I’m not gonna lie. I’m pretty nervous for Part 2 of “Kenya Day” in a few hours. I mean, my legs already feel pretty destroyed after this mornings first “long distance” attempt in over a year, and I now have to go out and run uh-gain.
I must be batshit-fucking-bonkers!
Anyway, that means I need to be proactive then and slap on my compression socks and spend the next little bit refueling, re-hydrating and stretching out ‘ol Thunder n’ Lightning before that craziness commences. And while doing so, I’m listening to the ‘Country Music Festival‘ album.
If there is anything as gratifying as the smell of musty cardboard and dusty vinyl I haven’t experienced it, and this album has it in spades. In fact, it could pass as a ripe cowboy’s armpit after three weeks of rustlin’ cattle out on the ‘ol plain.
Stinks so good!
This is another 50 cent Goodwill Hunting find from Thursday’s trip into St. Catharines. I love these beat up old records, specifically when they feature artists in their prime like Johnny Cash, Lefty Frizzell, Johnny Horton, Flatt & Scruggs, Marty Robbins and the very awesome Nash Family Trio – I wonder if there’s any relation?
As the albums title suggests, this album is based on some live country music festival somewhere hosted by Carl Smith otherwise known as “Mister Country”. You might better recognize him as the father of June Carter who would later go on to marry none other than Johnny Cash himself. The different tracks on the record feature hit songs of the time by all the famous country legends of the day (from their latest record no less) making it a nice addition to my collection of Twing Twang records.
These kinds of records were really popular back in the late 50’s and early 60’s making this record a bit of a time capsule. On the back cover it advertises “Inside: Wallet Size Photographs of These Stars” but they have long since been lost to time. Too bad, really. I can just imagine that the previous owner – who was likely a big country fan – had these photos of their heroes posted up and around their bedroom wall.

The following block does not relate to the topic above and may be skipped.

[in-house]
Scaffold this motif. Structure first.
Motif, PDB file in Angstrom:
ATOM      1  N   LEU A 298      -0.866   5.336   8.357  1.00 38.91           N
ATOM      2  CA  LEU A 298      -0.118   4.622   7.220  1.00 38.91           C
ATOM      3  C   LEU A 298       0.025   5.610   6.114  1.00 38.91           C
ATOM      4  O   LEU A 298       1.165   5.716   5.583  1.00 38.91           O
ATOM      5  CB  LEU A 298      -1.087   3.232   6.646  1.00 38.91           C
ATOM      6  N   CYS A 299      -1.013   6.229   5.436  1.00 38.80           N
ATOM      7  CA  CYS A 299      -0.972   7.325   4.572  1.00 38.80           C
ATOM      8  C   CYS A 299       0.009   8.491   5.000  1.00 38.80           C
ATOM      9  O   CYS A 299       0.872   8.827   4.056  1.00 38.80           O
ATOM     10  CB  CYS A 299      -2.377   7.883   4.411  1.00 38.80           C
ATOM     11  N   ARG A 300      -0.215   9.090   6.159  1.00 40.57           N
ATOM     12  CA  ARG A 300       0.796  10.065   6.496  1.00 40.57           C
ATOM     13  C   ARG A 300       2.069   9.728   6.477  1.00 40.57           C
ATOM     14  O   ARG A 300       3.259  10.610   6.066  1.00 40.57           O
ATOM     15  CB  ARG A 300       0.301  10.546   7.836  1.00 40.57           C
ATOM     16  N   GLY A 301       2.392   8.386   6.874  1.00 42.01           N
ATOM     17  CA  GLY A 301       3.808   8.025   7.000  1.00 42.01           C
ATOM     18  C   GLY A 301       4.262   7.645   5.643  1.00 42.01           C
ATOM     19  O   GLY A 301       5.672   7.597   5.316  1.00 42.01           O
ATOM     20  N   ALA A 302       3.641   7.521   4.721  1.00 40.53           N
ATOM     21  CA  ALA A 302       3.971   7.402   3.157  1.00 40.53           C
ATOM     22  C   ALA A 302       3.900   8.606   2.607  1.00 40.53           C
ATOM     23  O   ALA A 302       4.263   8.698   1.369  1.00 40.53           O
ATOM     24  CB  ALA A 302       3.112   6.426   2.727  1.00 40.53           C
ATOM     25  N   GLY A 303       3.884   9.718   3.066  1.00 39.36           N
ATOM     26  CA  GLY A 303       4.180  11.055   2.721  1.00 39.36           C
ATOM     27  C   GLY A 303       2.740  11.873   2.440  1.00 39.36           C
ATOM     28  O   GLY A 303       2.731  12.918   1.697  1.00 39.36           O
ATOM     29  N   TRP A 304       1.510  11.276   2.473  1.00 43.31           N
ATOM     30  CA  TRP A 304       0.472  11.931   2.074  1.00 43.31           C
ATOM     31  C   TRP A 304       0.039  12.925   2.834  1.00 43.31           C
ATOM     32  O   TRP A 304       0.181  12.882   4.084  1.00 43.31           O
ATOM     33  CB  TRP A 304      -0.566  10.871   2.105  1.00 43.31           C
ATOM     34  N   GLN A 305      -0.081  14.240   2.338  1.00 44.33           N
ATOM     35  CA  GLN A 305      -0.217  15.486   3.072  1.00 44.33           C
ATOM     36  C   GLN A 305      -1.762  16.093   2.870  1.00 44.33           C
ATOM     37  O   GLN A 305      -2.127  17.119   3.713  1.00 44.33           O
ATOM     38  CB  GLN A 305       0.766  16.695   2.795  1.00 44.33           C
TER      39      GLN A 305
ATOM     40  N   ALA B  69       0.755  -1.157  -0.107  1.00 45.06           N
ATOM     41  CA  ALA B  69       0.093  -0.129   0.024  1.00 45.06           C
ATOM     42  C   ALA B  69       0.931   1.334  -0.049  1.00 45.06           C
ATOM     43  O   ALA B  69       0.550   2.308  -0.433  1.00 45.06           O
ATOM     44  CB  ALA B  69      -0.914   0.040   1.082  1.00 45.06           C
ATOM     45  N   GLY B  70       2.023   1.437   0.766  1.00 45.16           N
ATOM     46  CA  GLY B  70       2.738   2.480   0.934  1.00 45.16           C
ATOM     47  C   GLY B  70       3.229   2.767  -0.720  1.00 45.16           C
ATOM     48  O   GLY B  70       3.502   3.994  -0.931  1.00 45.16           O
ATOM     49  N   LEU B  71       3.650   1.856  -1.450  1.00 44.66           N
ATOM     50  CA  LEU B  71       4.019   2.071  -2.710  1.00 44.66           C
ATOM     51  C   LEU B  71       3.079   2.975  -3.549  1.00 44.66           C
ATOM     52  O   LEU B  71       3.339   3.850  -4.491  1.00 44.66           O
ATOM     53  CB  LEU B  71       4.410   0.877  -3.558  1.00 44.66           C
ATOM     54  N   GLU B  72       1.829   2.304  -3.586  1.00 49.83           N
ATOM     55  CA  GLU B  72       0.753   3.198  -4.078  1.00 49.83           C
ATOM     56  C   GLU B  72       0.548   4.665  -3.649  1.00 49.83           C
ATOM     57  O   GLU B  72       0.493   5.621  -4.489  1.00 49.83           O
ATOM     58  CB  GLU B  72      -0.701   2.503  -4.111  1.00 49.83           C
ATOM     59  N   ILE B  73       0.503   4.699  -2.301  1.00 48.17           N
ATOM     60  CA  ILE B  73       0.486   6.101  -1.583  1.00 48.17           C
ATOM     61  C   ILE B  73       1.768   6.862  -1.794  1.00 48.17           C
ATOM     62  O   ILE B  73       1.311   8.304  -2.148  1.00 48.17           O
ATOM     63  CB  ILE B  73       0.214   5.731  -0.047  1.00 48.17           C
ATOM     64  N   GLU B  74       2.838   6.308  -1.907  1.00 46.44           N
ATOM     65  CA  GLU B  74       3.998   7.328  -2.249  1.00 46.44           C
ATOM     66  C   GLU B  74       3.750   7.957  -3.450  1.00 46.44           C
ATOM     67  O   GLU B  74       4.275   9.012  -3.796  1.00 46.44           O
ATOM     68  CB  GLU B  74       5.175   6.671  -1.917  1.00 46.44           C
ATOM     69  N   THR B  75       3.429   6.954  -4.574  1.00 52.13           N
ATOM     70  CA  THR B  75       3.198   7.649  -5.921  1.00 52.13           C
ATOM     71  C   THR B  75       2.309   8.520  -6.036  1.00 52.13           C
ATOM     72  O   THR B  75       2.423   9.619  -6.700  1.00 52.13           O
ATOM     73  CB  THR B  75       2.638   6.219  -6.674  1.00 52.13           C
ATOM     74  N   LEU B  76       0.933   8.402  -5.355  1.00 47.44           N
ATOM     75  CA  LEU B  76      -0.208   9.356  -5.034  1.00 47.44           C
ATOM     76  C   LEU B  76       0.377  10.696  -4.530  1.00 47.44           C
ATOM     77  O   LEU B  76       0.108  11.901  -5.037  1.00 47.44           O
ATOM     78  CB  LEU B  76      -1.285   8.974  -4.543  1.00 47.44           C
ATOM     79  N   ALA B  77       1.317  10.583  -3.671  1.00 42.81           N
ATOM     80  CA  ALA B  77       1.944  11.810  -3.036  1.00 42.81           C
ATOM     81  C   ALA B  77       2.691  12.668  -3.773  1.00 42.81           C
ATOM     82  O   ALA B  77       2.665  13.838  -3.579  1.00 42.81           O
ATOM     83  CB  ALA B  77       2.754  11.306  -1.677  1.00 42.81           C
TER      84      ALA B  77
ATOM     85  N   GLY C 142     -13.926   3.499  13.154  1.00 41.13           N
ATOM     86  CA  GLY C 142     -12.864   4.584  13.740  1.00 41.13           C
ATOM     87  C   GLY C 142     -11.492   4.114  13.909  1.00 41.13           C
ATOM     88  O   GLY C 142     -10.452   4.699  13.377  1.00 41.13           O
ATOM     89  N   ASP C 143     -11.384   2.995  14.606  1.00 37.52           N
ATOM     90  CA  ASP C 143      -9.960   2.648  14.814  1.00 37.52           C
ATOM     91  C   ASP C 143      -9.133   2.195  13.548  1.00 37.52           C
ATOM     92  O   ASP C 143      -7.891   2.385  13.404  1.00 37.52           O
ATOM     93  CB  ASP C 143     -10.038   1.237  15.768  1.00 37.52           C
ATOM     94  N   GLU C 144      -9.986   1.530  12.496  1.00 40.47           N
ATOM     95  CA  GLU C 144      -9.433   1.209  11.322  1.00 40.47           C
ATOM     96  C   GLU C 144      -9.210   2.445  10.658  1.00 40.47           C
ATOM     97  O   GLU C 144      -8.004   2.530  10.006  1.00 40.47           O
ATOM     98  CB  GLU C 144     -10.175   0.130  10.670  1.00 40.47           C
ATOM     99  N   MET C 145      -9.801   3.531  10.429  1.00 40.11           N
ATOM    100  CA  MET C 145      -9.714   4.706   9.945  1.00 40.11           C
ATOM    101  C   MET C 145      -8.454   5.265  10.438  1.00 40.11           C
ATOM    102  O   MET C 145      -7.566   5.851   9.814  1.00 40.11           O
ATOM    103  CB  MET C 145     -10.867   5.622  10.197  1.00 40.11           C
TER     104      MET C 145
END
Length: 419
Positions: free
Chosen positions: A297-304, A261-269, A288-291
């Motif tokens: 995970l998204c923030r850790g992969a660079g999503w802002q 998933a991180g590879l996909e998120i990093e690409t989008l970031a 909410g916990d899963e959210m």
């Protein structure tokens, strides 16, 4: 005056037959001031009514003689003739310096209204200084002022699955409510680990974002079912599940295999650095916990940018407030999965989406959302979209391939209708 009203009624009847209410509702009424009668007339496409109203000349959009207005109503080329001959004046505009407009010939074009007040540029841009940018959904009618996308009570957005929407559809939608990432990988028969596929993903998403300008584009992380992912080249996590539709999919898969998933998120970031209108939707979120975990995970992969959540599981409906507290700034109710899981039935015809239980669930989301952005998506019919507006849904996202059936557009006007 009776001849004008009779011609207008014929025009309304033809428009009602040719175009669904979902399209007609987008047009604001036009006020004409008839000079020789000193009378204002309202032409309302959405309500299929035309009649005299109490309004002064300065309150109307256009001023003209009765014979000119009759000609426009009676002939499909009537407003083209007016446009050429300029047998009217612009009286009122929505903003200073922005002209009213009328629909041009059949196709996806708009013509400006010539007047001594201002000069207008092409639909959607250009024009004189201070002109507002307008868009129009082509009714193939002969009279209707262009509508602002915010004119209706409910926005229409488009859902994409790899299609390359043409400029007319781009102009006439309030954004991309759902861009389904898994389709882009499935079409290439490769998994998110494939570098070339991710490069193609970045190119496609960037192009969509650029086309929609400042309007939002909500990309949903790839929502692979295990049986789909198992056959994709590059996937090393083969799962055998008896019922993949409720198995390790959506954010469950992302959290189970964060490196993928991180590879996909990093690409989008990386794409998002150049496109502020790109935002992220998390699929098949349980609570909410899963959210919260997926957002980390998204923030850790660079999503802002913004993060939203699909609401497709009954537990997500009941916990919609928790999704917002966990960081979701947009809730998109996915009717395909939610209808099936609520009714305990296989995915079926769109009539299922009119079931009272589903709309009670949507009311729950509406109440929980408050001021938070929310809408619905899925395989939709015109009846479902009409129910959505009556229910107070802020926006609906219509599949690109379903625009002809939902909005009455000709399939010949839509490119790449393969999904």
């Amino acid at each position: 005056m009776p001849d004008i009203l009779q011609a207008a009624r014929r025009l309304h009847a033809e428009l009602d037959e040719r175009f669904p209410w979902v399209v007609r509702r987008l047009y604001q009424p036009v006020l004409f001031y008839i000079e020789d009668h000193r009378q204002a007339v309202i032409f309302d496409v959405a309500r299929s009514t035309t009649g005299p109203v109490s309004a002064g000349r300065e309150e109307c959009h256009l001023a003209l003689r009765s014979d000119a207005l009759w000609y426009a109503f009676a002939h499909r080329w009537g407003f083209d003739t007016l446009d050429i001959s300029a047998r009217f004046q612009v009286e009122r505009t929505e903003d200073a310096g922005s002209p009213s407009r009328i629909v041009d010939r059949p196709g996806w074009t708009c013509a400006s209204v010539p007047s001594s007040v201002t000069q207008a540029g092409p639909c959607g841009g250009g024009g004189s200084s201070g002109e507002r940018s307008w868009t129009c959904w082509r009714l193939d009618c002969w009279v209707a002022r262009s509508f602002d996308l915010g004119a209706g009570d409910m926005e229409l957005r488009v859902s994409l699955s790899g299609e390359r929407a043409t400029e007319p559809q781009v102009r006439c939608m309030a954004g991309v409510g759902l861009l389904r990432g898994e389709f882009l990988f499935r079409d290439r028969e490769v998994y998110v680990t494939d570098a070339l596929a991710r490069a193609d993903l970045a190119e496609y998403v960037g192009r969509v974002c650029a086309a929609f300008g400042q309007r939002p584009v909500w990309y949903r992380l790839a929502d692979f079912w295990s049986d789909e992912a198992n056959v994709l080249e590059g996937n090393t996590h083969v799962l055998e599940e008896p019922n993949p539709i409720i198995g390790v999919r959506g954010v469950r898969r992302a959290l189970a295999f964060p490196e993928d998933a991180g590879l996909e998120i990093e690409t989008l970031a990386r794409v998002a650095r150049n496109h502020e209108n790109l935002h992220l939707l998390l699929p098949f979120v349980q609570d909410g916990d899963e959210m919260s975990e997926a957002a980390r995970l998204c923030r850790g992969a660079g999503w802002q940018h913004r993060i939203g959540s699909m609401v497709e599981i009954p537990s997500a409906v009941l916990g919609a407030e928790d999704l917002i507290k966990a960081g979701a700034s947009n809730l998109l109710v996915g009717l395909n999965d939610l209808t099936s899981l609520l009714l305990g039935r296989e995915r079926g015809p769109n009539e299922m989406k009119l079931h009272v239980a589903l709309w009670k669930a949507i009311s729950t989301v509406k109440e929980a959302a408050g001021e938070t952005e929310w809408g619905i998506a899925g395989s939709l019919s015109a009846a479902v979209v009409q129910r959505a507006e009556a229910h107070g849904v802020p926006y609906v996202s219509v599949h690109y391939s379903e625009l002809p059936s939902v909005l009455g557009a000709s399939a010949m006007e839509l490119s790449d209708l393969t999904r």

And speaking of “owner”, that’s another thing that attracted me to the record, there is a label on the front cover proclaiming the album used to belong to one ‘Mrs. J. S. Lajoie‘ from Chateauguay, Quebec (I forgive you for losing the photos). To me, that gives this particular record an identity of it’s own and therefore a better existence then sitting unnoticed in a back corner of a Goodwill shop. After all, someone loved it enough once to slap their name on it and mark it as their property so I figure it’s absolutely deserving of a better home.
I’ve even put out feelers over Facebook to see if I can track down the owner because, well, that interests me and I’ve managed to do this successfully before (click HERE).
And here’s something else that I love about these old school records (from the back cover):
“This Columbia High Fidelity recording is scientifically designed to play with the highest quality of reproduction on the phonograph of your choice, new old.”
This shit was state-of-the-art back then…scientific even.
I love that.
Of course, this record has seen some better days but as with most old records I don’t mind the odd snap, crackle and pop. They’re just like the inevitably wrinkles we all get as we get on in years. I think of these small scuffs and scratches as merely “character lines”.
So, probably for the first time in a very long time, this record has seen the light of day once again. And after a thorough cleaning, made this afternoon’s relaxing yoga stretch a rather unique and memorable one.